Down By Law
Wesley, dude – two words for you and your lawyer, babe: Sheridan, Oregon. The federal pen there has consistently been in the Top 5 of all White Collar Crime Federal Prisons. Alan Ellis, co-author of the book The Federal Prison Handbook 2005, names other prisons noted for their lovely surroundings and quaint amenities:
Yankton, South Dakota. “A stand alone federal prison camp,” Ellis says. “A vanishing breed. These are camps that are not satellites to larger more secure institutions. It happens to be a converted college that went defunct. It’s in the middle of the town, not on the outskirts. There is a lot of community programming. People leave during the day and come back at night.”
Englewood, Colorado. “That’s outside of Denver,” Ellis says. “It’s a satellite camp to the federal correction institution there. I’m told by my clients that it is a pretty laid back place.”
Texarkana, Texas. “The federal prison camp there has a drug and alcohol treatment program,” he says. “It has a pond stocked with fish. And one of my clients said he liked to spend his day fishing.”
Pensacola Naval Base. “You get out during the day, you work on the Naval base, you intermingle with Navy personnel,” Ellis says. “The food is better. You are outside. I’ve had people who were taking care of the grounds at the admiral’s house. The admiral’s wife would bring out lemonade, invite the inmate in for lunch. Things of that sort.”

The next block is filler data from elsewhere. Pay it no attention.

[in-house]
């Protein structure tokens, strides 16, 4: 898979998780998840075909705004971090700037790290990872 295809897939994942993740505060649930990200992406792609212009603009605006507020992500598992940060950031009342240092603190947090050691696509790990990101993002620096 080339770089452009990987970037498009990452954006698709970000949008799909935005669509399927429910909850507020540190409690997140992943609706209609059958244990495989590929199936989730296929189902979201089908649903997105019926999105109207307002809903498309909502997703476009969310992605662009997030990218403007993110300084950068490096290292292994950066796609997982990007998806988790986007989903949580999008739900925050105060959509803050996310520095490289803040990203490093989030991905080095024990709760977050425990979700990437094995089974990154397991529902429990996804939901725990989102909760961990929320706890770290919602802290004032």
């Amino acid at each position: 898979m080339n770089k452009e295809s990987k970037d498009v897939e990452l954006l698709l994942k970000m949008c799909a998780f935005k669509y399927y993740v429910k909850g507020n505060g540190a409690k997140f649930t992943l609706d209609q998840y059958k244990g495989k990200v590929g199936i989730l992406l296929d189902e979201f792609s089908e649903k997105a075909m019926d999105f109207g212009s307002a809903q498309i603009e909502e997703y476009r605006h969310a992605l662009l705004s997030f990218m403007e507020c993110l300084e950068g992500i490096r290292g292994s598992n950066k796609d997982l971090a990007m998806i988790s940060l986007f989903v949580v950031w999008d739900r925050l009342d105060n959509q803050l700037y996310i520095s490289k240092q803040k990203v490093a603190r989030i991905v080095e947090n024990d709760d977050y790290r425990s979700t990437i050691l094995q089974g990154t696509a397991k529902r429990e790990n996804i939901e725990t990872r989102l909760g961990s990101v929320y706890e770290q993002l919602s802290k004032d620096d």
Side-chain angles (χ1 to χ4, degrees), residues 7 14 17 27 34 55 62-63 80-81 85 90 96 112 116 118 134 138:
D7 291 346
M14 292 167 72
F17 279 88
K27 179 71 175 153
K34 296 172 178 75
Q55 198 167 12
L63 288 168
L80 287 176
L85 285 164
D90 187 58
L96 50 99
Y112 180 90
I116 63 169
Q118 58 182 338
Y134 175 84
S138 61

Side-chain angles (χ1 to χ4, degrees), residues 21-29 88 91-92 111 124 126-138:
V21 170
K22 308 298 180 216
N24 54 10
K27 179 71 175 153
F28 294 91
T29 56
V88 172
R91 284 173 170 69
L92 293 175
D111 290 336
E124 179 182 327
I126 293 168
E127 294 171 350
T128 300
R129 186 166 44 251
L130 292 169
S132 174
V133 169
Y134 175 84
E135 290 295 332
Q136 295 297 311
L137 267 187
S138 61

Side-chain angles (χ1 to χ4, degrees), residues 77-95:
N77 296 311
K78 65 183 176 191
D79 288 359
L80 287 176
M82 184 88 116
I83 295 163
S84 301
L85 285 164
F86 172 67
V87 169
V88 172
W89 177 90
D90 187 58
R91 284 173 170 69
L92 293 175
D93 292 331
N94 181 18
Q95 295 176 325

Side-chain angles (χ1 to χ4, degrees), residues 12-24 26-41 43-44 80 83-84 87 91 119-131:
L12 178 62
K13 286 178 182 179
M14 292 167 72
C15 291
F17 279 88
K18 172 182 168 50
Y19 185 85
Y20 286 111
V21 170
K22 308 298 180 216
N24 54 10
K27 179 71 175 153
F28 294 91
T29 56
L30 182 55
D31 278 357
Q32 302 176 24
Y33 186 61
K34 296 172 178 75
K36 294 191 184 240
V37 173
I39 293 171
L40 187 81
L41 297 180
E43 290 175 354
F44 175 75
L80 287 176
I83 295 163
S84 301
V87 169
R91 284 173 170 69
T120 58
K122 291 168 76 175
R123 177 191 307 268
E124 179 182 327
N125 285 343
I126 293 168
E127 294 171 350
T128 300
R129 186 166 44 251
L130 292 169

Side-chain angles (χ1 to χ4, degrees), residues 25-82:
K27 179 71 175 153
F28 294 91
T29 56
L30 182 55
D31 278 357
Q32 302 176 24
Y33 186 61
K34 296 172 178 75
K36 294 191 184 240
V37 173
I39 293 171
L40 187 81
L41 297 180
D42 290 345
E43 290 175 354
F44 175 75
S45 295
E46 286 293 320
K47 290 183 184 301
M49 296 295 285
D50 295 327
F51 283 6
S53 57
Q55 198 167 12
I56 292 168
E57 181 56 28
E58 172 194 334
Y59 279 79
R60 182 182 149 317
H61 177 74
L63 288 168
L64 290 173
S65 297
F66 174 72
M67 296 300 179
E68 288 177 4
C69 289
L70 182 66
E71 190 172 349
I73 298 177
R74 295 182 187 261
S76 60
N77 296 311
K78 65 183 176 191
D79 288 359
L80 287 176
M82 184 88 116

“If you are Jewish, I would say the federal prison camp at Otisville, New York, about 70 miles from New York City,” Ellis adds. “It has programs for orthodox and religious Jews. It has religious furloughs where people leave the prison for religious holidays.”
And if you, too, find yourself heading for a stay in a federal slammer, don't freak: the Sister City highly recommends, “The Ultimate Guide to Life Inside (and after) Federal Prison” by Mark Hrutkay. A self-proclaimed “Federal Prison for Idiots”-type book, you’ll find everything you need to know about life on the inside. The table of contents includes chapters such as: Before You Get In; Getting In; First Few Days; Procedure in Federal Prison; Communication With the Outside World; Your Life Here; Things You Shouldn’t Do; Spending Time on the Inside; and of course, Back to the Street. For more info, please visit fedsgotme dot com (no, really --that's the web address).Hard luck, indeed.
People... pay your taxes!